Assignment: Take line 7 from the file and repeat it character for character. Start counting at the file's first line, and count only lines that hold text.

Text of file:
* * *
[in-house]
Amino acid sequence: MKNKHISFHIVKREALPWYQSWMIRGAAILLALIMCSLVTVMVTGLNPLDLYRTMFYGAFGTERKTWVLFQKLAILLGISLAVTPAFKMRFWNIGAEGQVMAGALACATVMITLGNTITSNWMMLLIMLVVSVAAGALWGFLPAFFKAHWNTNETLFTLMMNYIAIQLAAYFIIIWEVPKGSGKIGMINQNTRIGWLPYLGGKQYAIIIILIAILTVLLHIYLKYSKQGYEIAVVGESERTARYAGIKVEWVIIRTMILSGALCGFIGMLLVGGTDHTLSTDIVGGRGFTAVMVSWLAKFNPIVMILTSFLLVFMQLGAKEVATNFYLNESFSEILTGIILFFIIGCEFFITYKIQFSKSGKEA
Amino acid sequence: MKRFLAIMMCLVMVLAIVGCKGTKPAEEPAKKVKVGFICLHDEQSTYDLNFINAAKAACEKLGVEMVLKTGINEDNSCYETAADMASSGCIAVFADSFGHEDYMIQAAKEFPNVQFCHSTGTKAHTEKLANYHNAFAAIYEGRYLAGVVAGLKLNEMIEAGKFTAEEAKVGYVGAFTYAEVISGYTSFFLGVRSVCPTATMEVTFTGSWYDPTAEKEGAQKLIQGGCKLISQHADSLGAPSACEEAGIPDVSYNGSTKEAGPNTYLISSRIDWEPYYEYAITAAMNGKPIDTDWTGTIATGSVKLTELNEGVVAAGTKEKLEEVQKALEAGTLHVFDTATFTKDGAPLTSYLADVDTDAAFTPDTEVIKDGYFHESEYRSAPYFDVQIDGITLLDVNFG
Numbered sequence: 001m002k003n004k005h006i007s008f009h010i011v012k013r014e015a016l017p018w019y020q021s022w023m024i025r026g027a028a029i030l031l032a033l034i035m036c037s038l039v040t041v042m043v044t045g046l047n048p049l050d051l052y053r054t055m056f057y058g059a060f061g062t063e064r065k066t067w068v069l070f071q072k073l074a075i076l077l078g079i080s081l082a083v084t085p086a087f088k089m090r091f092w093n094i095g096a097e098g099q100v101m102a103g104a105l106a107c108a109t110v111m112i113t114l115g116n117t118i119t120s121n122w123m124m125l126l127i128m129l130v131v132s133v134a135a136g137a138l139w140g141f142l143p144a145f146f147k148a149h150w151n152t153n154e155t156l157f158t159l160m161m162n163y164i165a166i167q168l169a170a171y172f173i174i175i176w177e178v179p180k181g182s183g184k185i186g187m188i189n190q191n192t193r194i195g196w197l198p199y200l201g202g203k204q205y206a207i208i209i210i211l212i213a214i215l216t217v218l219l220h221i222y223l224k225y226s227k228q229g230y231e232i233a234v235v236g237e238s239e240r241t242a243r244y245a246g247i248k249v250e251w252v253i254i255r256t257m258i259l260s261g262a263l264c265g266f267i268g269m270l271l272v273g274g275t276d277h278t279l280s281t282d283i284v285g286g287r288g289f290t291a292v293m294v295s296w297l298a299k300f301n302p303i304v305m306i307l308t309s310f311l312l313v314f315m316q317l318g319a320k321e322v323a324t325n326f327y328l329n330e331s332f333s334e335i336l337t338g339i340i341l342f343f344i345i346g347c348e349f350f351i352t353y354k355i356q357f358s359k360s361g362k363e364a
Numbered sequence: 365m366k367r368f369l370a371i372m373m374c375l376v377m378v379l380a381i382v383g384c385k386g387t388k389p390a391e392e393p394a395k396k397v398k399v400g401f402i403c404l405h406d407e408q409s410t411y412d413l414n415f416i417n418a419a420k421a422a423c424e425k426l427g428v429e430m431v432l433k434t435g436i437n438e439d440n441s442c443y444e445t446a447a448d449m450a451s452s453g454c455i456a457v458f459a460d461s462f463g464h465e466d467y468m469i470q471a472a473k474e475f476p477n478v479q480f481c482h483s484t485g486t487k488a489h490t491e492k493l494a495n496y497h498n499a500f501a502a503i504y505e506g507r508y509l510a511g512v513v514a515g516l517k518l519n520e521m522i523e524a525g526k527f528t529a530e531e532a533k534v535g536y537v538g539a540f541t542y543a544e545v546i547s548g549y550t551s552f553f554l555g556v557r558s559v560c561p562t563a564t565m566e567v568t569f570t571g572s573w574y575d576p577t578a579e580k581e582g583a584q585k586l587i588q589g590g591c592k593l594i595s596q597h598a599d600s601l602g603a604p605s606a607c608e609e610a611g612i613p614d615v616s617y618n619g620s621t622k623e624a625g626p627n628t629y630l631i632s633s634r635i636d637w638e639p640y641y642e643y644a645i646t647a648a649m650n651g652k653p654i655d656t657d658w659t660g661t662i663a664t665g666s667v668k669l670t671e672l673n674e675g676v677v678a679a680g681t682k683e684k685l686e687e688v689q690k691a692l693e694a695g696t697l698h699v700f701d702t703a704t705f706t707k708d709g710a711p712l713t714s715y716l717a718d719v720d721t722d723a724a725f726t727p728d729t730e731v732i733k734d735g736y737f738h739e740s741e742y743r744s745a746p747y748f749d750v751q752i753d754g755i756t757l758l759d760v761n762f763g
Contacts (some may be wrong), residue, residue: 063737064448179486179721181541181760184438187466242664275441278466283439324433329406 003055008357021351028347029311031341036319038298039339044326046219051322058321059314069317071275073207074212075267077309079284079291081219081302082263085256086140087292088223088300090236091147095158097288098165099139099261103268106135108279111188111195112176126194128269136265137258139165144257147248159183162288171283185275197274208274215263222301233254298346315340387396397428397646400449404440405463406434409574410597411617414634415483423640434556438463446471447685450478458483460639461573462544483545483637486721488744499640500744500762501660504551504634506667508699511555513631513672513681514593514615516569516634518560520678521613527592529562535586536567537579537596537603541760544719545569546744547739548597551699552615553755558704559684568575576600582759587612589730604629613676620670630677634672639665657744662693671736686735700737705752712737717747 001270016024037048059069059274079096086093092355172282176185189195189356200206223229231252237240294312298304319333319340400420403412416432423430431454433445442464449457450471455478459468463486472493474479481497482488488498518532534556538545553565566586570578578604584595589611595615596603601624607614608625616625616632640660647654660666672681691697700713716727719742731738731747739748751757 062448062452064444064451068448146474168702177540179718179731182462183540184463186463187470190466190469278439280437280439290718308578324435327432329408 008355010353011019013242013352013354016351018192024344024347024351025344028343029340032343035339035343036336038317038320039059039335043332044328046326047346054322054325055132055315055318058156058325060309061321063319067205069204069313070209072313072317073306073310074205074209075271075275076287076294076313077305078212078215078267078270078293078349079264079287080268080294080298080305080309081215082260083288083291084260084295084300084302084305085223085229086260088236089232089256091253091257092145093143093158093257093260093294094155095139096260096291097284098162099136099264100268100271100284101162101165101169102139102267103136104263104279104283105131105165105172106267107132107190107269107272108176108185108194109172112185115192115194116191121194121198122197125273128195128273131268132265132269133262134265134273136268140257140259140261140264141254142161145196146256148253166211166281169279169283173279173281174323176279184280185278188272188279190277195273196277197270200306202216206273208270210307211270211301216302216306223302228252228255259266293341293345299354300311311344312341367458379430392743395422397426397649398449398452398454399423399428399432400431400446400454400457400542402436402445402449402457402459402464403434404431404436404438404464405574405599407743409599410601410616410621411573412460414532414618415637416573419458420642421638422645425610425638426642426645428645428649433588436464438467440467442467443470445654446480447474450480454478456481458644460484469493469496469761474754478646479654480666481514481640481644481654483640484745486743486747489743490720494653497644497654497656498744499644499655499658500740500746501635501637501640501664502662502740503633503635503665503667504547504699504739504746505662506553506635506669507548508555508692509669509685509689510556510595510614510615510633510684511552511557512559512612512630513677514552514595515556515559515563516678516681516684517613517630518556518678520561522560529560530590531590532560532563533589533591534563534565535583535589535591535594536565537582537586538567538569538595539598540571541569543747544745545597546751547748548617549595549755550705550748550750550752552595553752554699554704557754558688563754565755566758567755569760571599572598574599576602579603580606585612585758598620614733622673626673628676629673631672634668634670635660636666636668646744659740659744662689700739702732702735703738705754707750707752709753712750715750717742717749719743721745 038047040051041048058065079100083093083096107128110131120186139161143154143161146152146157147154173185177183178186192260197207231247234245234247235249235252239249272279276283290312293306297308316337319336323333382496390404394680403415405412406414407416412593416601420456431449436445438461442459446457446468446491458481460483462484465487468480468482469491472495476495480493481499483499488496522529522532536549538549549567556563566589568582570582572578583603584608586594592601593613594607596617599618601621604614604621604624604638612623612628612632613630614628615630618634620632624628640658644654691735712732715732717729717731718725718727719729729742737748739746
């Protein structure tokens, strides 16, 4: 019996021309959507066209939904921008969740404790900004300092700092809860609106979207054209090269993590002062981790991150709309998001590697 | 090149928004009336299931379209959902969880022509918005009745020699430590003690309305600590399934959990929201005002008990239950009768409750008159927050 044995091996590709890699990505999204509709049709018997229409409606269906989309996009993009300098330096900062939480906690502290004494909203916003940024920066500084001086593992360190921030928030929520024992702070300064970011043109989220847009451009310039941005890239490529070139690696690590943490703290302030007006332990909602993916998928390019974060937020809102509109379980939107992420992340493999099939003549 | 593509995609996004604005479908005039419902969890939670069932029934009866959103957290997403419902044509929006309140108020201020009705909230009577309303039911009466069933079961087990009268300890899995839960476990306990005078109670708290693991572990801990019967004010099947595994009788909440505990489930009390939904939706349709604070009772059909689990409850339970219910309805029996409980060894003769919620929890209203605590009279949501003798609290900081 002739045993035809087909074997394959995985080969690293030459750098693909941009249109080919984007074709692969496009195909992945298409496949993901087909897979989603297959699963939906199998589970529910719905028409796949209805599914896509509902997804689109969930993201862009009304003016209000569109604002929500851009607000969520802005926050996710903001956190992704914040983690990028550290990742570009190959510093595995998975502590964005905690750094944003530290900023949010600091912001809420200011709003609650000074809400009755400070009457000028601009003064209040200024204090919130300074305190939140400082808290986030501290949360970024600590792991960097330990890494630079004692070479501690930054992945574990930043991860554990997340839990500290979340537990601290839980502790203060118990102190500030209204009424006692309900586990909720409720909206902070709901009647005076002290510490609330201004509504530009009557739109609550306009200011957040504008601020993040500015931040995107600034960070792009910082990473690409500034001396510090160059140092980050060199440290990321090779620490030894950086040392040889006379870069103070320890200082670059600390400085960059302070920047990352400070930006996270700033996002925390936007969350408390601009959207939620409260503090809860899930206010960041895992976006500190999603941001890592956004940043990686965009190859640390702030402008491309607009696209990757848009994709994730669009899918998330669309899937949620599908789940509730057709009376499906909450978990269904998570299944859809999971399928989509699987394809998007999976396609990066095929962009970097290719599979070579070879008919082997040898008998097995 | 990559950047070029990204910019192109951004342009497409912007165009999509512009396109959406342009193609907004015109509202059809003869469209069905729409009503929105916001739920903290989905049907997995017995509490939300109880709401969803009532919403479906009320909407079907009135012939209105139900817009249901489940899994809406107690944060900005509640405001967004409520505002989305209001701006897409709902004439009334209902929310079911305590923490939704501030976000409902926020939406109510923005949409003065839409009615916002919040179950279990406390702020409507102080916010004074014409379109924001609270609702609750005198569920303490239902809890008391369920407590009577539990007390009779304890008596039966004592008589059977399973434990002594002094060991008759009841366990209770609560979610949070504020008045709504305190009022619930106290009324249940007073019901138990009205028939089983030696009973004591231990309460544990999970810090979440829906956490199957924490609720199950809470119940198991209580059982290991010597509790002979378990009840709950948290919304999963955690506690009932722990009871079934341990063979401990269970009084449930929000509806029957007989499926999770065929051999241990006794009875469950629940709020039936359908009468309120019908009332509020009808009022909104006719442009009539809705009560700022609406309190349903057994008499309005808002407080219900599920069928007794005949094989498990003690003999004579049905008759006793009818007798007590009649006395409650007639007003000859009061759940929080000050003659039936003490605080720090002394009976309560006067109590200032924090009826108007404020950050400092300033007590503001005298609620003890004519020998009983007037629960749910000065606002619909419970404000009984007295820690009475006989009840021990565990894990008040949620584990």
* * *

């Protein structure tokens, strides 16, 4: 019996021309959507066209939904921008969740404790900004300092700092809860609106979207054209090269993590002062981790991150709309998001590697 | 090149928004009336299931379209959902969880022509918005009745020699430590003690309305600590399934959990929201005002008990239950009768409750008159927050 044995091996590709890699990505999204509709049709018997229409409606269906989309996009993009300098330096900062939480906690502290004494909203916003940024920066500084001086593992360190921030928030929520024992702070300064970011043109989220847009451009310039941005890239490529070139690696690590943490703290302030007006332990909602993916998928390019974060937020809102509109379980939107992420992340493999099939003549 | 593509995609996004604005479908005039419902969890939670069932029934009866959103957290997403419902044509929006309140108020201020009705909230009577309303039911009466069933079961087990009268300890899995839960476990306990005078109670708290693991572990801990019967004010099947595994009788909440505990489930009390939904939706349709604070009772059909689990409850339970219910309805029996409980060894003769919620929890209203605590009279949501003798609290900081 002739045993035809087909074997394959995985080969690293030459750098693909941009249109080919984007074709692969496009195909992945298409496949993901087909897979989603297959699963939906199998589970529910719905028409796949209805599914896509509902997804689109969930993201862009009304003016209000569109604002929500851009607000969520802005926050996710903001956190992704914040983690990028550290990742570009190959510093595995998975502590964005905690750094944003530290900023949010600091912001809420200011709003609650000074809400009755400070009457000028601009003064209040200024204090919130300074305190939140400082808290986030501290949360970024600590792991960097330990890494630079004692070479501690930054992945574990930043991860554990997340839990500290979340537990601290839980502790203060118990102190500030209204009424006692309900586990909720409720909206902070709901009647005076002290510490609330201004509504530009009557739109609550306009200011957040504008601020993040500015931040995107600034960070792009910082990473690409500034001396510090160059140092980050060199440290990321090779620490030894950086040392040889006379870069103070320890200082670059600390400085960059302070920047990352400070930006996270700033996002925390936007969350408390601009959207939620409260503090809860899930206010960041895992976006500190999603941001890592956004940043990686965009190859640390702030402008491309607009696209990757848009994709994730669009899918998330669309899937949620599908789940509730057709009376499906909450978990269904998570299944859809999971399928989509699987394809998007999976396609990066095929962009970097290719599979070579070879008919082997040898008998097995 | 990559950047070029990204910019192109951004342009497409912007165009999509512009396109959406342009193609907004015109509202059809003869469209069905729409009503929105916001739920903290989905049907997995017995509490939300109880709401969803009532919403479906009320909407079907009135012939209105139900817009249901489940899994809406107690944060900005509640405001967004409520505002989305209001701006897409709902004439009334209902929310079911305590923490939704501030976000409902926020939406109510923005949409003065839409009615916002919040179950279990406390702020409507102080916010004074014409379109924001609270609702609750005198569920303490239902809890008391369920407590009577539990007390009779304890008596039966004592008589059977399973434990002594002094060991008759009841366990209770609560979610949070504020008045709504305190009022619930106290009324249940007073019901138990009205028939089983030696009973004591231990309460544990999970810090979440829906956490199957924490609720199950809470119940198991209580059982290991010597509790002979378990009840709950948290919304999963955690506690009932722990009871079934341990063979401990269970009084449930929000509806029957007989499926999770065929051999241990006794009875469950629940709020039936359908009468309120019908009332509020009808009022909104006719442009009539809705009560700022609406309190349903057994008499309005808002407080219900599920069928007794005949094989498990003690003999004579049905008759006793009818007798007590009649006395409650007639007003000859009061759940929080000050003659039936003490605080720090002394009976309560006067109590200032924090009826108007404020950050400092300033007590503001005298609620003890004519020998009983007037629960749910000065606002619909419970404000009984007295820690009475006989009840021990565990894990008040949620584990």